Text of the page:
Preview: Stalker 2 Hands On Preview -Play On Xbox Game Pass This September

The story of Stalker 2 is well known at this point. Finally, after delays, a cancellation, and a re-reveal in 2018, the cult classic PC game was set to get a true sequel in 2022, before the Russian invasion of Ukraine forced the Kyiv-based GSC Game World to relocate much of the studio to Prague. And yet, despite all of the hardships, Stalker 2 is almost here, and it’s looking incredibly impressive.

For context, we had some ‘hands on’ time with Stalker 2 at Gamescom 2023, and things weren’t looking too good. The game looked rough, the demo was buggy, and it felt a bit aimless overall. Given everything going on, it was totally understandable that things weren’t exactly shaping up, but the fact still remained that it seemed like a long road was ahead for the game, which made its then-2023 release date a bit of a worry with the fear that it would release in a subpar state.

Going into Summer Game Fest 2024, we didn’t know what to expect from Stalker 2. Bear in mind it had been less than a year since we last had our hands on what was a disappointing demo, so truthfully, we weren’t expecting too much. And yet, right away, Stalker 2 caught us off guard. This is the real deal, and it looks fantastic.

Stalker 2: Heart Of Chornobyl Hands On Preview - An Impressive And Oppressive FPS Gem 1

The game’s graphics were the first thing that stuck out to us compared to that Gamescom demo; something that looked unremarkable by Xbox One standards just under a year ago was now jaw droppingly beautiful (maybe not the right word to describe a nuclear wasteland, but you get what we mean). The character models, the foliage and the lighting were all phenomenal, and clearly taking full advantage of Unreal Engine 5. Obviously graphical fidelity is not the be-all and end-all of whether a game will be good or not, but it was the first sign that this was far from the game we played just under a year ago.

We had the chance to play what was described to us as the game’s opening 40 minutes. You and a companion are sneaking into the Chornobyl Exclusion Zone in order to investigate it. Naturally, things aren’t as simple as just walking through the front door and popping a scanner down before going home for a nice pint and waiting for the whole thing to blow over.

Stalker 2’s Chornobyl is oppressive, it’s brutal, and it’s not going to do your health any good by hanging around there (the series is set in a world where a second disaster occurred in Chornobyl, so things are very much not in a good state). And this brutality doesn’t let up when it comes to the game’s combat. Those who played the original Stalker: Shadow of Chornobyl back in the day (or through the recent Legends of the Zone Trilogy) will know that the game is uncompromising. While you can definitely feel that GSC Game World has lightened up a little for what is poised to be a game that will be far more mainstream than its previous entries (due in part to it being on Xbox Game Pass day one), Stalker 2 isn’t going to be a cakewalk either.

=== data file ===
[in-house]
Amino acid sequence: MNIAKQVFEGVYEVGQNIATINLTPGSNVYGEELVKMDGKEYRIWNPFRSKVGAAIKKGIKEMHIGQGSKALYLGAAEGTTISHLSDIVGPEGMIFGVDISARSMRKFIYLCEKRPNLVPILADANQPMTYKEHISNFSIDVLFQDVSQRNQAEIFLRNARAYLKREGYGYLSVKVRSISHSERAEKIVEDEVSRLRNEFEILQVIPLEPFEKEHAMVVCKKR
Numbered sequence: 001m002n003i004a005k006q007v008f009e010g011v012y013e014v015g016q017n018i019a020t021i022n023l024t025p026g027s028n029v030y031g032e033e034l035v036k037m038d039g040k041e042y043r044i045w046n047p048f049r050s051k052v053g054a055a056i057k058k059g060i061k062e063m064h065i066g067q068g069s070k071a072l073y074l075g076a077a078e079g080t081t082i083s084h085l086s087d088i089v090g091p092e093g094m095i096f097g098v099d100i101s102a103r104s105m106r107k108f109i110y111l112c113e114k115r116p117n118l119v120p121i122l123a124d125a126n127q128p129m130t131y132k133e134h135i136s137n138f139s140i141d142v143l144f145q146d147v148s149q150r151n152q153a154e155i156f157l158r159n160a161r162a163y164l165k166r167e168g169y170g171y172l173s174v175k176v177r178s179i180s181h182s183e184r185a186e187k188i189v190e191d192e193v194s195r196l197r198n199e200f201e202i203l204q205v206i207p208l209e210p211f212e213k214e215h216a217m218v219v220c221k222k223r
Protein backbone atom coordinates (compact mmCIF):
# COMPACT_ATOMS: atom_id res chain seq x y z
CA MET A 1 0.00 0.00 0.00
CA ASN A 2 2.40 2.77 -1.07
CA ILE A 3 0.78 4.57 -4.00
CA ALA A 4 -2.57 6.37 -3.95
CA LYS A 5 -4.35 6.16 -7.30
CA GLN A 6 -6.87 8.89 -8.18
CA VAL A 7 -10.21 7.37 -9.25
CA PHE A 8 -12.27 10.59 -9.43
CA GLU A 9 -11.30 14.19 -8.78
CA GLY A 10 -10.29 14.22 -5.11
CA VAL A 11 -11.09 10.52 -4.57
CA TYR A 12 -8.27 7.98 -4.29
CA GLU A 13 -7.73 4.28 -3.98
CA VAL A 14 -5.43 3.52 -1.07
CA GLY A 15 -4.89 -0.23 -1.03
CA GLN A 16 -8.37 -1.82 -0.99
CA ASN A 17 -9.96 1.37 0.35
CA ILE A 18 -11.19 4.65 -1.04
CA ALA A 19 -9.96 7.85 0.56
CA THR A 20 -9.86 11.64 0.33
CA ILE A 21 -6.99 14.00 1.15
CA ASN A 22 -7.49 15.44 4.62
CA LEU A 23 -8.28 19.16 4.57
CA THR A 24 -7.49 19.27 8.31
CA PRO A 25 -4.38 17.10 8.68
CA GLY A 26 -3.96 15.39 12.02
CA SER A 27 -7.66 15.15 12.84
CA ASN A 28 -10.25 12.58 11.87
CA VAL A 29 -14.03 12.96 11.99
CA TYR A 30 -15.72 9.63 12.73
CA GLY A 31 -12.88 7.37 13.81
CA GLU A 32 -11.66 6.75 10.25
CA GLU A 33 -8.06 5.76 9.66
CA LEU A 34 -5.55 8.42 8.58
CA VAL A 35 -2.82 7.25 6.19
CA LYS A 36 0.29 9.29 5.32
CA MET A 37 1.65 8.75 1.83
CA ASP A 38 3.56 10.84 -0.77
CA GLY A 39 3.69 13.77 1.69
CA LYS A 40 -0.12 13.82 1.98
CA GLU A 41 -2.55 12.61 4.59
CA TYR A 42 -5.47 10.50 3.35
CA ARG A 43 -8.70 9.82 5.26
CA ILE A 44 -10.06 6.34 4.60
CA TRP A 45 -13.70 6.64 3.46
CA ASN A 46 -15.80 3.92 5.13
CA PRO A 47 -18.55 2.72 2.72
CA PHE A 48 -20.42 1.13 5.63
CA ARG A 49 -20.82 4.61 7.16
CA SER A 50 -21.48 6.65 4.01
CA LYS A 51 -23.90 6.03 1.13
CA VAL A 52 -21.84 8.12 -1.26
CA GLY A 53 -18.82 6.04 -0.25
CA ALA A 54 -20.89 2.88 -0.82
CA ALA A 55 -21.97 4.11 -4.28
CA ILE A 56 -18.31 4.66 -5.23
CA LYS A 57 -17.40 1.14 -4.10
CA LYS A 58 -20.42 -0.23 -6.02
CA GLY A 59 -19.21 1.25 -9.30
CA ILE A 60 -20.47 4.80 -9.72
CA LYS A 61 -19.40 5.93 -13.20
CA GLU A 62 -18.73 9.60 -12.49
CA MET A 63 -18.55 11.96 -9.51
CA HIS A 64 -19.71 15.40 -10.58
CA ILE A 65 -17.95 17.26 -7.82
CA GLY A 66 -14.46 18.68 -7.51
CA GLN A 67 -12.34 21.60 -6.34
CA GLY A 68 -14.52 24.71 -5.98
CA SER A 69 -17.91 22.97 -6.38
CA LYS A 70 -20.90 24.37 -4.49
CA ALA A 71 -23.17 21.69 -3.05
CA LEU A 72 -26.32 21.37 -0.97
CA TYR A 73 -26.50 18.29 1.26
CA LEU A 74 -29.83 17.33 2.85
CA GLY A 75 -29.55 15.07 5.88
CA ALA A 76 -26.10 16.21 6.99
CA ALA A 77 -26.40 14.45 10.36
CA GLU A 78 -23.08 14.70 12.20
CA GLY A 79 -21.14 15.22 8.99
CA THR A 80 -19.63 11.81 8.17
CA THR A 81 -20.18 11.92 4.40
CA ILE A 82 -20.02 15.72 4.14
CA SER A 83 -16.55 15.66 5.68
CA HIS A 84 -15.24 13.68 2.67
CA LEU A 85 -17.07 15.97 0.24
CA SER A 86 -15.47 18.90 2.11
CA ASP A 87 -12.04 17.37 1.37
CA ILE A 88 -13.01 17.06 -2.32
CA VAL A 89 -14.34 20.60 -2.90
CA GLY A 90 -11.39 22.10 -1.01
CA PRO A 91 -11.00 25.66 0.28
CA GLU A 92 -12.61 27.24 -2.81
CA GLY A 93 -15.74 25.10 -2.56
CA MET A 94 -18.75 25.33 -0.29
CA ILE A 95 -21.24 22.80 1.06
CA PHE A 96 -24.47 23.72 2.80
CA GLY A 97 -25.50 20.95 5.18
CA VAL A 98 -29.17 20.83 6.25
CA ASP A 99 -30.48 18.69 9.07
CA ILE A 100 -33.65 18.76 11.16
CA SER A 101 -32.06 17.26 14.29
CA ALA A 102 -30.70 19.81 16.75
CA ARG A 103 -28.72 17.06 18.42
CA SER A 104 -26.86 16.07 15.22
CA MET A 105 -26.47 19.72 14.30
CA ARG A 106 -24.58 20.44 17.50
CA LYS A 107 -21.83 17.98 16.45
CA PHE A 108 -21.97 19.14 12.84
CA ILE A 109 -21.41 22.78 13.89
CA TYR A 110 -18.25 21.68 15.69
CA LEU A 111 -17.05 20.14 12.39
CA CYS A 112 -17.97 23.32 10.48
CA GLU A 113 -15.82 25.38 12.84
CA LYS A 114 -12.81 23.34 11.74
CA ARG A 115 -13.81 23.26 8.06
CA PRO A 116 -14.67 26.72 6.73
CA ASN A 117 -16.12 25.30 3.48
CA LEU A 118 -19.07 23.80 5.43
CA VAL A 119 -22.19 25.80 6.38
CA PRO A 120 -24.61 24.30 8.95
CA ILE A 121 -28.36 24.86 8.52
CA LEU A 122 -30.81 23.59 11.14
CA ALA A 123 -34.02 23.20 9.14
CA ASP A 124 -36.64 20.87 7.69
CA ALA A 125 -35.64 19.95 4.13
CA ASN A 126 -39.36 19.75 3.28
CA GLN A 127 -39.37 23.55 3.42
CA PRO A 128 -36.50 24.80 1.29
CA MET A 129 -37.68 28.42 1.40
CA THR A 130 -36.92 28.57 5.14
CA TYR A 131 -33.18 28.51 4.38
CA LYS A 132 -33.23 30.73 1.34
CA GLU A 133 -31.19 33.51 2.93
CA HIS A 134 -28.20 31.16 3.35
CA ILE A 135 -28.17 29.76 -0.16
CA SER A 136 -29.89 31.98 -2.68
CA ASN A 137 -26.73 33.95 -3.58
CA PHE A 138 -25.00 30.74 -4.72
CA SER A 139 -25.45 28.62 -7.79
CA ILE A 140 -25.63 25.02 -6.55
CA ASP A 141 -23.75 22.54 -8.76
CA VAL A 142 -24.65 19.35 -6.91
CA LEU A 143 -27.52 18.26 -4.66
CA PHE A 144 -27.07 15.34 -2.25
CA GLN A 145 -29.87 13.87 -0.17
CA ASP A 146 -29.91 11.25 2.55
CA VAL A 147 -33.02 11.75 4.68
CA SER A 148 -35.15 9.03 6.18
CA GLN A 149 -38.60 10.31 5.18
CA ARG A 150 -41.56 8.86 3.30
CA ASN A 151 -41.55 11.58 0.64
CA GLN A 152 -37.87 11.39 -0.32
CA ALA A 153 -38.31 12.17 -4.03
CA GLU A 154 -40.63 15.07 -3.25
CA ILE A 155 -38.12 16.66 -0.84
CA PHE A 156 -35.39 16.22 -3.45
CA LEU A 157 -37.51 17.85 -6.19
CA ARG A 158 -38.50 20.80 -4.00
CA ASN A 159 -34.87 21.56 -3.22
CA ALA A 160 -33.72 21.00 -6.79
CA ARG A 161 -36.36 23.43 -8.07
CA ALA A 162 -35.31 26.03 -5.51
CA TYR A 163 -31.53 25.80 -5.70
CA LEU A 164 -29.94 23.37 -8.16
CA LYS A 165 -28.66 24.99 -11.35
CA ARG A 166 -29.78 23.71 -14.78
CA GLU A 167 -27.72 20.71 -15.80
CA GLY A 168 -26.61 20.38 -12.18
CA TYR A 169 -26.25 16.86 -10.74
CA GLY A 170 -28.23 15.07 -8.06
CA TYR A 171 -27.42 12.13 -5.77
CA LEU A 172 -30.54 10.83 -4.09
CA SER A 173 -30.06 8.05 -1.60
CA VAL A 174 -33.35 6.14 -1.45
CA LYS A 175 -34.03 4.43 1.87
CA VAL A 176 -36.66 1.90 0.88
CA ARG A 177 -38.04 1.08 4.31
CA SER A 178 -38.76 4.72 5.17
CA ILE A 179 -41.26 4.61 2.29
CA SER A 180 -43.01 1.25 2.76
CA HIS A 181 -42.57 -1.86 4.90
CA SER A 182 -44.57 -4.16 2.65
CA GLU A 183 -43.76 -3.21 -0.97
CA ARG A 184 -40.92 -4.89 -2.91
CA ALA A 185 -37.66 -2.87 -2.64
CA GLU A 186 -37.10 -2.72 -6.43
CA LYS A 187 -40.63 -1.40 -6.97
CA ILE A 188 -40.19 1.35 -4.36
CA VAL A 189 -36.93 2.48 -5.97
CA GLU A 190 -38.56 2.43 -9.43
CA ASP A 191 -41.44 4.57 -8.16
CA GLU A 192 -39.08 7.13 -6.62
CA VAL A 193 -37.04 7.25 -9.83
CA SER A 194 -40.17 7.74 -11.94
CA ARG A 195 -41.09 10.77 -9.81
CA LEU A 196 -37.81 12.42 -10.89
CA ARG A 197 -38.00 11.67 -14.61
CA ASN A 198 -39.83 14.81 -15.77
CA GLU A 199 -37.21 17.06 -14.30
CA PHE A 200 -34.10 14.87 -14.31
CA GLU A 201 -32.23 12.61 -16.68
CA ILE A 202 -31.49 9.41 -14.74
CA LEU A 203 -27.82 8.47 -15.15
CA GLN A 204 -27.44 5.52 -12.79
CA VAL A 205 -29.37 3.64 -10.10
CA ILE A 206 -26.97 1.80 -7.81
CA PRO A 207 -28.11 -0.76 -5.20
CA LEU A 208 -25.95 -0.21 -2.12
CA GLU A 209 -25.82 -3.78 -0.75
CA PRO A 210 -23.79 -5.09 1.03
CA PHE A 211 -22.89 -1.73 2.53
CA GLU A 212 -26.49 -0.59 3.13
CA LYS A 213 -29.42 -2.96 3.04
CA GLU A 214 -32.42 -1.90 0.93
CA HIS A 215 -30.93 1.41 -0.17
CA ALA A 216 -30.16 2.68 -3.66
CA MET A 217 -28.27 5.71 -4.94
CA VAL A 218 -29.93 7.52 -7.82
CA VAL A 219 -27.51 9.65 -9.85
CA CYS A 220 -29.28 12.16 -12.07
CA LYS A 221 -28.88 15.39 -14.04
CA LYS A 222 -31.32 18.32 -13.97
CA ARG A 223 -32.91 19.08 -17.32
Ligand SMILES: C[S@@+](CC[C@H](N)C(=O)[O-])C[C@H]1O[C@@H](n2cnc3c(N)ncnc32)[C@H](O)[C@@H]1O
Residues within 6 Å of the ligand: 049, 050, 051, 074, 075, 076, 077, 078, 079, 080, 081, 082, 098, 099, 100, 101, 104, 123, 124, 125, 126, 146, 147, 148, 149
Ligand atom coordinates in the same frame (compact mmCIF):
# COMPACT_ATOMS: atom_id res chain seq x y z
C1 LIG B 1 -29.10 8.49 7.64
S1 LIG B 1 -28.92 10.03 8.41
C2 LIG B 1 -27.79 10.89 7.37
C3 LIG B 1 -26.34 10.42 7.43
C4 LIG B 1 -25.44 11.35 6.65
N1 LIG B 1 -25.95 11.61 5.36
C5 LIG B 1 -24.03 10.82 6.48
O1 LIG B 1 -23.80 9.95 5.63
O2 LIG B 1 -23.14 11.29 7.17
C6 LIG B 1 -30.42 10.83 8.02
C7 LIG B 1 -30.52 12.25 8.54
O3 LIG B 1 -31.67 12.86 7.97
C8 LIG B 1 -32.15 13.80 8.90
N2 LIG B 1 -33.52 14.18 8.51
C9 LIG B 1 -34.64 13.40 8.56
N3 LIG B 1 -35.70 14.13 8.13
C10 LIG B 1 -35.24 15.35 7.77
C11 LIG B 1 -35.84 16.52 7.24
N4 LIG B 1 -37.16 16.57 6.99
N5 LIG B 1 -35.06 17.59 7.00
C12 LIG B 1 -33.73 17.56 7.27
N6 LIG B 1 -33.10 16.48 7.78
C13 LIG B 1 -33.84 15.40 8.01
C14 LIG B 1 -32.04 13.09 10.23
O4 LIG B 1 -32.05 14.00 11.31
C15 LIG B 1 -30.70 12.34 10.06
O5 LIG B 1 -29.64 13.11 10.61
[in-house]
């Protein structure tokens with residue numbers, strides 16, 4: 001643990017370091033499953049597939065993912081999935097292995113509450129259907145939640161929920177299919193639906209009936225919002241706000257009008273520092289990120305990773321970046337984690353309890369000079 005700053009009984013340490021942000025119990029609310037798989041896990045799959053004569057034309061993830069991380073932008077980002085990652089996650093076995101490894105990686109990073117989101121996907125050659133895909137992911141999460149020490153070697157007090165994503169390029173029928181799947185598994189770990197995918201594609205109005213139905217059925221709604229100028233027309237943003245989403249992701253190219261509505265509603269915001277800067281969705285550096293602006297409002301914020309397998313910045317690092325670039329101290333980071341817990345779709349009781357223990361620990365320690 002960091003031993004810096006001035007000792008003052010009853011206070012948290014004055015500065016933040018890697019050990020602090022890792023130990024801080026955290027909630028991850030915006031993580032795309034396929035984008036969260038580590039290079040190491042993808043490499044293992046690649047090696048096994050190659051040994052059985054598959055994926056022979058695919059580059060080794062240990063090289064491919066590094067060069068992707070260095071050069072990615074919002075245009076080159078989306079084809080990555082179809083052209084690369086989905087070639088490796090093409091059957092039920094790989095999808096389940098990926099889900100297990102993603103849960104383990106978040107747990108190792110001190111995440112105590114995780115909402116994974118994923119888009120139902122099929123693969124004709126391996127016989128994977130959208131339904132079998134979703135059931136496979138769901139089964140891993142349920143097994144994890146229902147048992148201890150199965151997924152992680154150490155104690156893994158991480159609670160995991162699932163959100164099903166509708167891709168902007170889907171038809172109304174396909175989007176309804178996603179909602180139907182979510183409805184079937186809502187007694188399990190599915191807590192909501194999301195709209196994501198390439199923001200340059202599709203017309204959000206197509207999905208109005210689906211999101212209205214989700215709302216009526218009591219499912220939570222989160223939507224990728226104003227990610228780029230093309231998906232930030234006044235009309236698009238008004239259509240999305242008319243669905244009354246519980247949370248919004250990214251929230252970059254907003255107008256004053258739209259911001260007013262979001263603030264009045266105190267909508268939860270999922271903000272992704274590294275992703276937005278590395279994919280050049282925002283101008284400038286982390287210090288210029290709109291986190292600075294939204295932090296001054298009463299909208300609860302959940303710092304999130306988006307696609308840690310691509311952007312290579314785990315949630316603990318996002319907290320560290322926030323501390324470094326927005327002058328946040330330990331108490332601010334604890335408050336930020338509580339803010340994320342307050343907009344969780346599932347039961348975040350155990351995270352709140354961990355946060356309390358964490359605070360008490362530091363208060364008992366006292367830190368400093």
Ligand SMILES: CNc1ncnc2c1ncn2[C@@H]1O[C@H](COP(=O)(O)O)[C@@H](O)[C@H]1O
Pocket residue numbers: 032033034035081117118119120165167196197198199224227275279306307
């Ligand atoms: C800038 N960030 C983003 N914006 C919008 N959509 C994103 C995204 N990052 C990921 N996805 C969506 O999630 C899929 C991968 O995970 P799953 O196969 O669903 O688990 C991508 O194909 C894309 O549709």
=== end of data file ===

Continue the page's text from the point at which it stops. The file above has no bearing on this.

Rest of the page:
The combat in Stalker 2 is weighty; you really do feel every single bullet you fire due in part to the copious amounts of recoil and limited ammo supply – you need to take your shots carefully. Running into a group of enemies and blasting away with a machine gun is certainly possible, but we wouldn’t recommend it. The enemy AI is ruthless from what we played, be it humans or mutant dogs – once you aggro them, they’re on your ass until either you or they die. While we played for about 40 minutes, we definitely didn’t make it 40 minutes into the game thanks to that.

Stalker 2: Heart Of Chornobyl Hands On Preview - An Impressive And Oppressive FPS Gem 2

Although it loosens up on how cryptic the original trilogy could be, Stalker 2 admittedly still has some moments that could be explained better. The returning ‘Poltergeist’ enemies (invisible beings who love to launch household items at you and drain your health) definitely fall into this category; how to defeat them didn’t really get explained at all here which could undoubtedly frustrate some players – especially considering how much these enemies threw people off in the original titles. Demos obviously aren’t an indication of how the full game will flow, and we’d hope that situations like this are better explained in the full release, but you can tell that the cryptic nature of Stalker hasn’t been fully eradicated in Stalker 2.

Despite that, from our hands-on at Summer Game Fest 2024, Stalker 2 is shaping up to be something special. Visually, it’s absolutely stunning and dripping with atmosphere. Its immersive-sim style approach to mission design leaves you with so much to play around with and experiment with. And the combat is brutal and satisfying; which makes the already-oppressive world even scarier to deal with. Stalker 2 isn’t just an impressive game for a studio that has been dealt so many bad hands over the years, it’s just an impressive game period. And it’s shaping up to be one of the biggest wins for Xbox (and Game Pass!) in 2024 when it finally releases on September 5th.

Looking forward to Stalker 2 on Xbox Game Pass? Tell us down in the comments section below.

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